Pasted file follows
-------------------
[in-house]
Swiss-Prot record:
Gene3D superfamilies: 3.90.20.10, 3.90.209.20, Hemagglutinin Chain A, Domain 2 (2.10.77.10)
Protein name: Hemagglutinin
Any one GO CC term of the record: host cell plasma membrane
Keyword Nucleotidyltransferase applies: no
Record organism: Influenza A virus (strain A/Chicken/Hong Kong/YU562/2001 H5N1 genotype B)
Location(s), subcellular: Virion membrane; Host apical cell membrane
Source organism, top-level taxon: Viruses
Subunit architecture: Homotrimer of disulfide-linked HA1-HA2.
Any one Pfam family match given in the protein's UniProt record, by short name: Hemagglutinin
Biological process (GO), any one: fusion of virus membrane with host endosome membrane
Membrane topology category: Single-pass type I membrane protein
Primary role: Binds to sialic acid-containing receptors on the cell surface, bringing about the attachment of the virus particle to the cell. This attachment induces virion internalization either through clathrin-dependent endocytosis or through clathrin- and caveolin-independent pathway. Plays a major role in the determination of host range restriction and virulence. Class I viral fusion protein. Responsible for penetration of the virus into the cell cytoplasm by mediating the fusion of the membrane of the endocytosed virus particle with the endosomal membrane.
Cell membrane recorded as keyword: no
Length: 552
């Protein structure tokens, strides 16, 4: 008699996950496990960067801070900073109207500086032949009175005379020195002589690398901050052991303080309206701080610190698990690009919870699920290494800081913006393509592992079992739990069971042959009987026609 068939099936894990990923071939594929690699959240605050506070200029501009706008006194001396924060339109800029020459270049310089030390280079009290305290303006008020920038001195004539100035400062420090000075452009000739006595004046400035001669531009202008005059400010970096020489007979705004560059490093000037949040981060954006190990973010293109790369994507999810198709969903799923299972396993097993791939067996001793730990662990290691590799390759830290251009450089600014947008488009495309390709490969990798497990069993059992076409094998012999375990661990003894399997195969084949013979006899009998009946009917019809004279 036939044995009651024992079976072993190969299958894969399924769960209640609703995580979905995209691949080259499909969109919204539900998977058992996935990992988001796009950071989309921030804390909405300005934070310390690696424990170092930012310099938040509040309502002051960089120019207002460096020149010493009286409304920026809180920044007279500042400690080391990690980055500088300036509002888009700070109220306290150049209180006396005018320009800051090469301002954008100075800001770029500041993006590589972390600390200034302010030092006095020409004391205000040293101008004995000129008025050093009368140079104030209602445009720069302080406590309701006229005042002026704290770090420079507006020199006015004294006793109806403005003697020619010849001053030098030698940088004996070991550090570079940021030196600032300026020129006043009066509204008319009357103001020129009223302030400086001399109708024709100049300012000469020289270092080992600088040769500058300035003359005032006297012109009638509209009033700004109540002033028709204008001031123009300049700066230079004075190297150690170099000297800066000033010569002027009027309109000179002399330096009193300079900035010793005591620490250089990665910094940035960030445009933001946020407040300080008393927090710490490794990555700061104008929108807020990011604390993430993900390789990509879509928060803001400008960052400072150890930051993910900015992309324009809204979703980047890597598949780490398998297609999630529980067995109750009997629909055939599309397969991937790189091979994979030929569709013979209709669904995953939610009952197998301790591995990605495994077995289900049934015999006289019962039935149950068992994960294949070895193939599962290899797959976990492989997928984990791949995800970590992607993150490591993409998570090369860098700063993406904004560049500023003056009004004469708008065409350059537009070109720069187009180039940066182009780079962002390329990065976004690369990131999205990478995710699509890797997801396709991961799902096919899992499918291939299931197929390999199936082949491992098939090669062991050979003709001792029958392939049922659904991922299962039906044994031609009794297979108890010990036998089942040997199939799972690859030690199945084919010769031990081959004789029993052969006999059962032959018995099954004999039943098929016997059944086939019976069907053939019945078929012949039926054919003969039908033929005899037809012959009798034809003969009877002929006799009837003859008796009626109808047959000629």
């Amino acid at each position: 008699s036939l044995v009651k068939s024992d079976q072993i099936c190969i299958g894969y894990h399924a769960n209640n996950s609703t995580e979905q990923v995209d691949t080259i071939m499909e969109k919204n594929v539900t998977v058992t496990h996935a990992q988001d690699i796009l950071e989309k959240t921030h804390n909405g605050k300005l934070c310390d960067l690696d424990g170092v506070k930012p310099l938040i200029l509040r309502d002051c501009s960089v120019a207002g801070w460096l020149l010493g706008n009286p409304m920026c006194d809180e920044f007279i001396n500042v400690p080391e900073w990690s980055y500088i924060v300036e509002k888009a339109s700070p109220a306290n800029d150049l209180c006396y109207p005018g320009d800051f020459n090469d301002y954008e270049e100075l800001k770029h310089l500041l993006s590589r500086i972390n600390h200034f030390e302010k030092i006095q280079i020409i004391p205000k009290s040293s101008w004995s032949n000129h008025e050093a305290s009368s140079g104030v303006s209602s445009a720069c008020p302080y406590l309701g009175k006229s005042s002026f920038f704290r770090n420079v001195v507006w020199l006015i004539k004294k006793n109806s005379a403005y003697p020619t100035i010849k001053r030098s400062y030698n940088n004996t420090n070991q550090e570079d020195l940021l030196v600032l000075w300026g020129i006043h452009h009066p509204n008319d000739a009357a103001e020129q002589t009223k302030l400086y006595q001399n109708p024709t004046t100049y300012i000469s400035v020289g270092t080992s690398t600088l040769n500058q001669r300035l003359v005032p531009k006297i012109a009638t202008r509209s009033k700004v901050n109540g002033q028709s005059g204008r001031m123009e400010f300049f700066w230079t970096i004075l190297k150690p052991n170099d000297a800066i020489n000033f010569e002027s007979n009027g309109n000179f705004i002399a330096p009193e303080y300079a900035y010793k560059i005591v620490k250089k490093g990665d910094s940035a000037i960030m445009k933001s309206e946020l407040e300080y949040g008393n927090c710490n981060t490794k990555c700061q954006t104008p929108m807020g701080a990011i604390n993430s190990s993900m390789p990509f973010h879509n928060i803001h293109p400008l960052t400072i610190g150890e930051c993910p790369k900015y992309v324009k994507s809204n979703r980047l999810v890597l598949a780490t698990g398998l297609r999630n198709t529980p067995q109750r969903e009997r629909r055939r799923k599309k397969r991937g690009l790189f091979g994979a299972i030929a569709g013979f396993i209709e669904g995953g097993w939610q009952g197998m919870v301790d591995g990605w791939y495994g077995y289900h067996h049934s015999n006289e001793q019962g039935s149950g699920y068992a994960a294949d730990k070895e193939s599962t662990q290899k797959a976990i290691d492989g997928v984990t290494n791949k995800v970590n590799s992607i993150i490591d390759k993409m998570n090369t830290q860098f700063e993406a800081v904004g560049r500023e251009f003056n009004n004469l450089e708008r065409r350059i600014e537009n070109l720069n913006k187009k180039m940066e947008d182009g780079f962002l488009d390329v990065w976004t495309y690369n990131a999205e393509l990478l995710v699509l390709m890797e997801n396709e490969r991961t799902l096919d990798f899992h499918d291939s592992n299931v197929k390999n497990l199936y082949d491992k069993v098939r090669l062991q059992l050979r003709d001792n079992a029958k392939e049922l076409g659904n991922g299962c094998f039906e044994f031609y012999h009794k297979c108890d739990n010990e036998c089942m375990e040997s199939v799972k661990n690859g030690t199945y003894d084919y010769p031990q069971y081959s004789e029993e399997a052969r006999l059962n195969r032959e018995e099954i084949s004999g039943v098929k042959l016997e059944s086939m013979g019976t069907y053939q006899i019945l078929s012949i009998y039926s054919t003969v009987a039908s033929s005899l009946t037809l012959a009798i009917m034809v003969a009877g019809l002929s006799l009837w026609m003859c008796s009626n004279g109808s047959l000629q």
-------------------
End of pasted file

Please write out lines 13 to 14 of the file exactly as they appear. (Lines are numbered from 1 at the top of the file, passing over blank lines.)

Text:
Membrane topology category: Single-pass type I membrane protein
Primary role: Binds to sialic acid-containing receptors on the cell surface, bringing about the attachment of the virus particle to the cell. This attachment induces virion internalization either through clathrin-dependent endocytosis or through clathrin- and caveolin-independent pathway. Plays a major role in the determination of host range restriction and virulence. Class I viral fusion protein. Responsible for penetration of the virus into the cell cytoplasm by mediating the fusion of the membrane of the endocytosed virus particle with the endosomal membrane.